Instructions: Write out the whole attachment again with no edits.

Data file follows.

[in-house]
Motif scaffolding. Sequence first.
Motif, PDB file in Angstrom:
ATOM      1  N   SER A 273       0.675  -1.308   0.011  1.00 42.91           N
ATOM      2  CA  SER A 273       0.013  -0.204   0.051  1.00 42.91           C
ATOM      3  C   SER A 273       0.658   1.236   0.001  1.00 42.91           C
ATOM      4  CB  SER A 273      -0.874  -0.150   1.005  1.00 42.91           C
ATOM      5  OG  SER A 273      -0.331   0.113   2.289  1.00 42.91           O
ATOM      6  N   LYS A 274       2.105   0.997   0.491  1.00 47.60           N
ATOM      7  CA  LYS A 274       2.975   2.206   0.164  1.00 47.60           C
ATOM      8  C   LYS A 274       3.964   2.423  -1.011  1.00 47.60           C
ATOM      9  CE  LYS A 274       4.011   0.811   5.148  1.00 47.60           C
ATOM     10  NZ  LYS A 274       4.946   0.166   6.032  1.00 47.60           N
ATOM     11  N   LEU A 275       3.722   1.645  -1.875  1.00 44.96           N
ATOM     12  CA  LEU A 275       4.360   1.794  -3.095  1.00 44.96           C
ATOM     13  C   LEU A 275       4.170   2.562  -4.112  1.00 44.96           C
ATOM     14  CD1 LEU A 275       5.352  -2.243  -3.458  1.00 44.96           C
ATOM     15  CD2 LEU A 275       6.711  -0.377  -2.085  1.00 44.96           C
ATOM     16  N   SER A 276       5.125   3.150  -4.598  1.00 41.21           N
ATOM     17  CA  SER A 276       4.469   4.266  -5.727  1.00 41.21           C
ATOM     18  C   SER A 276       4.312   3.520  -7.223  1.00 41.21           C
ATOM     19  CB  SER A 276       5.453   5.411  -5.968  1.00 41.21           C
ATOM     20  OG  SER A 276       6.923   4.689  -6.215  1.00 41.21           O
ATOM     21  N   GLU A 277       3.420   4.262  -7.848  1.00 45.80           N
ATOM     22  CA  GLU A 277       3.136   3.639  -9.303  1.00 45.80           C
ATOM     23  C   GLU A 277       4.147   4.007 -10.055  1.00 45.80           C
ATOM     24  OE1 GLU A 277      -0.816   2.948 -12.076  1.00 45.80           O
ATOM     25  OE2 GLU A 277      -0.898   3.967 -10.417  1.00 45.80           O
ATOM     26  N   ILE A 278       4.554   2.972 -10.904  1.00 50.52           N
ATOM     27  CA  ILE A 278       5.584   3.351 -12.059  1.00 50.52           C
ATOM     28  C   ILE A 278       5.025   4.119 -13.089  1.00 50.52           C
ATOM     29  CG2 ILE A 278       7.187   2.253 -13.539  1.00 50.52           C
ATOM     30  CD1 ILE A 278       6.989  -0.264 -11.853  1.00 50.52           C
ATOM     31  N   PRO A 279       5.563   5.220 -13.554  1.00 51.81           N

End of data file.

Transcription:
[in-house]
Motif scaffolding. Sequence first.
Motif, PDB file in Angstrom:
ATOM      1  N   SER A 273       0.675  -1.308   0.011  1.00 42.91           N
ATOM      2  CA  SER A 273       0.013  -0.204   0.051  1.00 42.91           C
ATOM      3  C   SER A 273       0.658   1.236   0.001  1.00 42.91           C
ATOM      4  CB  SER A 273      -0.874  -0.150   1.005  1.00 42.91           C
ATOM      5  OG  SER A 273      -0.331   0.113   2.289  1.00 42.91           O
ATOM      6  N   LYS A 274       2.105   0.997   0.491  1.00 47.60           N
ATOM      7  CA  LYS A 274       2.975   2.206   0.164  1.00 47.60           C
ATOM      8  C   LYS A 274       3.964   2.423  -1.011  1.00 47.60           C
ATOM      9  CE  LYS A 274       4.011   0.811   5.148  1.00 47.60           C
ATOM     10  NZ  LYS A 274       4.946   0.166   6.032  1.00 47.60           N
ATOM     11  N   LEU A 275       3.722   1.645  -1.875  1.00 44.96           N
ATOM     12  CA  LEU A 275       4.360   1.794  -3.095  1.00 44.96           C
ATOM     13  C   LEU A 275       4.170   2.562  -4.112  1.00 44.96           C
ATOM     14  CD1 LEU A 275       5.352  -2.243  -3.458  1.00 44.96           C
ATOM     15  CD2 LEU A 275       6.711  -0.377  -2.085  1.00 44.96           C
ATOM     16  N   SER A 276       5.125   3.150  -4.598  1.00 41.21           N
ATOM     17  CA  SER A 276       4.469   4.266  -5.727  1.00 41.21           C
ATOM     18  C   SER A 276       4.312   3.520  -7.223  1.00 41.21           C
ATOM     19  CB  SER A 276       5.453   5.411  -5.968  1.00 41.21           C
ATOM     20  OG  SER A 276       6.923   4.689  -6.215  1.00 41.21           O
ATOM     21  N   GLU A 277       3.420   4.262  -7.848  1.00 45.80           N
ATOM     22  CA  GLU A 277       3.136   3.639  -9.303  1.00 45.80           C
ATOM     23  C   GLU A 277       4.147   4.007 -10.055  1.00 45.80           C
ATOM     24  OE1 GLU A 277      -0.816   2.948 -12.076  1.00 45.80           O
ATOM     25  OE2 GLU A 277      -0.898   3.967 -10.417  1.00 45.80           O
ATOM     26  N   ILE A 278       4.554   2.972 -10.904  1.00 50.52           N
ATOM     27  CA  ILE A 278       5.584   3.351 -12.059  1.00 50.52           C
ATOM     28  C   ILE A 278       5.025   4.119 -13.089  1.00 50.52           C
ATOM     29  CG2 ILE A 278       7.187   2.253 -13.539  1.00 50.52           C
ATOM     30  CD1 ILE A 278       6.989  -0.264 -11.853  1.00 50.52           C
ATOM     31  N   PRO A 279       5.563   5.220 -13.554  1.00 51.81           N